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Rethinking AGW, Part 8: The IPCC

The Himalayas
The Himalayas

Just north of India, forming a formidable barrier between it and the rest of Asia, two techtonic plates are slowly colliding with each other and building the world's highest landmarks. It is hard to overstate the importance of the Himalaya mountain range, which is the only thing that stopped Genghis Khan from conquering the known world. Its awesome majesty has become of critical importance to many of the world's most enduring religions, including Hinduism, Sikhism, and Buddhism, and its unique combination of intense altitude and climate have given birth to some of the most fascinating extremophile organisms ever observed. Many of the world's major river systems originate here, and nearly half of all living human beings flourish within their drainage basins, most of them relying in one way or another on the mountain range's glacier systems for their survival. It was therefore immensely alarming when the IPCC, the International Panel on Climate Change, concluded in one of its recent reports that, due to global warming, the glaciers will be gone by 2035.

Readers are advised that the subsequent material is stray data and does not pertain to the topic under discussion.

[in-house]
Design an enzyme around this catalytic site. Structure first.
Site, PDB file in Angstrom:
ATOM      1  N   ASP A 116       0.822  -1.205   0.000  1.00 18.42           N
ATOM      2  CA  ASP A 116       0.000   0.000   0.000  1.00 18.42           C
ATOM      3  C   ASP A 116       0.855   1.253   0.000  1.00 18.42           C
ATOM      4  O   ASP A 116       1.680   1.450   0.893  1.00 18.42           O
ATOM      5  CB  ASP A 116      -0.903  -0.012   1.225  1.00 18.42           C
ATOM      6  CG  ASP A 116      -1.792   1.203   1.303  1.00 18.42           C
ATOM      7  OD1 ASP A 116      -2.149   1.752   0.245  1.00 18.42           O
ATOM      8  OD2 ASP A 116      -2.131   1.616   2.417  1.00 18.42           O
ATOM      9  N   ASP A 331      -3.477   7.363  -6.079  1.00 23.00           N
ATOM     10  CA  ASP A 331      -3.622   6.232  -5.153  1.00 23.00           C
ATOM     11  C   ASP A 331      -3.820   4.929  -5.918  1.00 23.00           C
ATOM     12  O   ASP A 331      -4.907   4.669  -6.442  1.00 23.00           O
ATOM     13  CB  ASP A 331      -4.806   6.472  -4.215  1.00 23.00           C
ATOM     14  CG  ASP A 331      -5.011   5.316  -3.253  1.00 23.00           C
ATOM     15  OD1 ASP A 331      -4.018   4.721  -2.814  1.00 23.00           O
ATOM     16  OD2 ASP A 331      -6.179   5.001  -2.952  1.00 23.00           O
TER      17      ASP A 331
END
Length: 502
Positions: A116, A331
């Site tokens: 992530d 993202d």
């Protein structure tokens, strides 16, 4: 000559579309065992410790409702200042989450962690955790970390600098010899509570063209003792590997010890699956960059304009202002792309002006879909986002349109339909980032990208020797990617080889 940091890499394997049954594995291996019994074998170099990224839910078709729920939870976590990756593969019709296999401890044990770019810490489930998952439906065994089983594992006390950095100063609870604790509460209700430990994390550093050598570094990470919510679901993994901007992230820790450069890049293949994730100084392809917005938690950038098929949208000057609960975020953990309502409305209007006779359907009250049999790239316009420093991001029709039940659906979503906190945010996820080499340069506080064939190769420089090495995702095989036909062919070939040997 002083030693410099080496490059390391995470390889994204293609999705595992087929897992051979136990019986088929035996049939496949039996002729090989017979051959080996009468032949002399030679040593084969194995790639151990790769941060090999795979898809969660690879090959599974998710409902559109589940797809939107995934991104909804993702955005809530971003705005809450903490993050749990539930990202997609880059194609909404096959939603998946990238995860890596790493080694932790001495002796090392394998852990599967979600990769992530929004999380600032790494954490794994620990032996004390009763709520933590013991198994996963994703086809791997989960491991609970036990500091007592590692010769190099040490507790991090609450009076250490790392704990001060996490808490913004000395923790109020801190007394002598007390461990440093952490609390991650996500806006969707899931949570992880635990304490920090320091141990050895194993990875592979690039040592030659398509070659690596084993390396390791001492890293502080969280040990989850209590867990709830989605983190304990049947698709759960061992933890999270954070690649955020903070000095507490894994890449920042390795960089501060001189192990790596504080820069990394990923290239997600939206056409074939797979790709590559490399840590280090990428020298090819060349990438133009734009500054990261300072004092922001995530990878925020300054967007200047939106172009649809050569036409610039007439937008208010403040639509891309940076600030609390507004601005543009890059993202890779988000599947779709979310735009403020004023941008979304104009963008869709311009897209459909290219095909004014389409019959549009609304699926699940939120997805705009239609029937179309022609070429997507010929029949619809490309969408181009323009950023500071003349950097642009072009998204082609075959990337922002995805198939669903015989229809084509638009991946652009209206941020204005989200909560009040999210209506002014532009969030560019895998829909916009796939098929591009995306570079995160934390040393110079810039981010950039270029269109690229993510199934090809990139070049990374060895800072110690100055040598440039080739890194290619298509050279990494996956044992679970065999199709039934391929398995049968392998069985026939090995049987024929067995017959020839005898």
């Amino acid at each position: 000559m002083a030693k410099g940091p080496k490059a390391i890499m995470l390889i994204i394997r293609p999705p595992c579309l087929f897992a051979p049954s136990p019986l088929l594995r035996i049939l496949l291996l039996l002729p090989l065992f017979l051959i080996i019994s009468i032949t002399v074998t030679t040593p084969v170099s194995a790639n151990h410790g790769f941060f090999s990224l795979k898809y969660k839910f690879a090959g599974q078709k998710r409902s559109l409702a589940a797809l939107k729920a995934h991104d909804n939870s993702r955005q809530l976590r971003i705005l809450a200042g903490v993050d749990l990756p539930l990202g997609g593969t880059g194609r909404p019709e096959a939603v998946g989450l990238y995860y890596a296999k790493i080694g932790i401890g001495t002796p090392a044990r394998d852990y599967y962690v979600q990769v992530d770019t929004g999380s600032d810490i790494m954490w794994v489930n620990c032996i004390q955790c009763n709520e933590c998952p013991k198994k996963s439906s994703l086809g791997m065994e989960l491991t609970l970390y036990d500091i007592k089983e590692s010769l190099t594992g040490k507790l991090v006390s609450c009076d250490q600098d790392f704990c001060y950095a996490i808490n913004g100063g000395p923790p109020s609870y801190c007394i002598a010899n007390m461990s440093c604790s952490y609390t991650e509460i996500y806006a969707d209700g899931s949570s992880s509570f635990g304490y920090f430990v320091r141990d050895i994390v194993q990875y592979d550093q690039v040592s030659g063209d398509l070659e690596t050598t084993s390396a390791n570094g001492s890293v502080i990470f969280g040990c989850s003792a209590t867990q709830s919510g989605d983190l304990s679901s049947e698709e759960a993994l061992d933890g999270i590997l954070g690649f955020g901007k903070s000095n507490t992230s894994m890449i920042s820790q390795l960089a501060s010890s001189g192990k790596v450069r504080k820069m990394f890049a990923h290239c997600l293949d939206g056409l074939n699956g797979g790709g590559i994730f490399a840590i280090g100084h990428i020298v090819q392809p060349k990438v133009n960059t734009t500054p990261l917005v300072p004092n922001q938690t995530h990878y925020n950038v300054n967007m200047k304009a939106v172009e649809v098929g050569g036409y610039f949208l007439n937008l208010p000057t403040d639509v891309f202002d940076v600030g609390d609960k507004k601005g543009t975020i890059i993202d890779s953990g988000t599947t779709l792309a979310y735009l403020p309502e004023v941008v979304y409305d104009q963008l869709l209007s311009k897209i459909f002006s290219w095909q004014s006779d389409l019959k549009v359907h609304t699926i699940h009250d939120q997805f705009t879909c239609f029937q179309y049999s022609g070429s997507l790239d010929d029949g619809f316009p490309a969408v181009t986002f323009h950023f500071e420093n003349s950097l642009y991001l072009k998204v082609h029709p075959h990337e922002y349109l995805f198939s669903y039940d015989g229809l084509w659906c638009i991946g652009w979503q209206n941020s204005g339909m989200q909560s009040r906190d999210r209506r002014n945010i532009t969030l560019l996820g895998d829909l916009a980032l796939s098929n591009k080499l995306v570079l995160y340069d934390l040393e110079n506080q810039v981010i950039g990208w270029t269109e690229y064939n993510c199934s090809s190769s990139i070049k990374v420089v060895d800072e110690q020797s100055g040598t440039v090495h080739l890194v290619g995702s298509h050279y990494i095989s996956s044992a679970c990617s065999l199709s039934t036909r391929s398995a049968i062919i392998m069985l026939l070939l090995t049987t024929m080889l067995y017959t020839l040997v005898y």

When it comes to the scientific basis for public policy concerning AGW (anthropogenic global warming), it is hard to have any kind of conversation on the matter without talking about the IPCC, a scientific body established within the framework of the United Nations that is charged with assessing the state of the scientific data when it comes to "human-induced climate change," its impacts, and "options for adaptation and mitigation." The IPCC's periodic assessment reports are the go-to resource for advocates and politicians, and the conclusions reached within are usually considered reliable and above reproach. However, not long after being awarded the 2007 Nobel Peace Prize (along with Al Gore), a glaring error in its latest report was discovered, leading to a flood of charges that the reports may be innacurate, that some of its lead authors face serious conflicts of interest, and that the political nature of the IPCC itself may render its authoritative scientific reputation null and void. This error, you might have guessed, concerns the conclusion that the Himalayan glaciers will disappear by 2035, a bit of terrifying news that is blessedly untrue.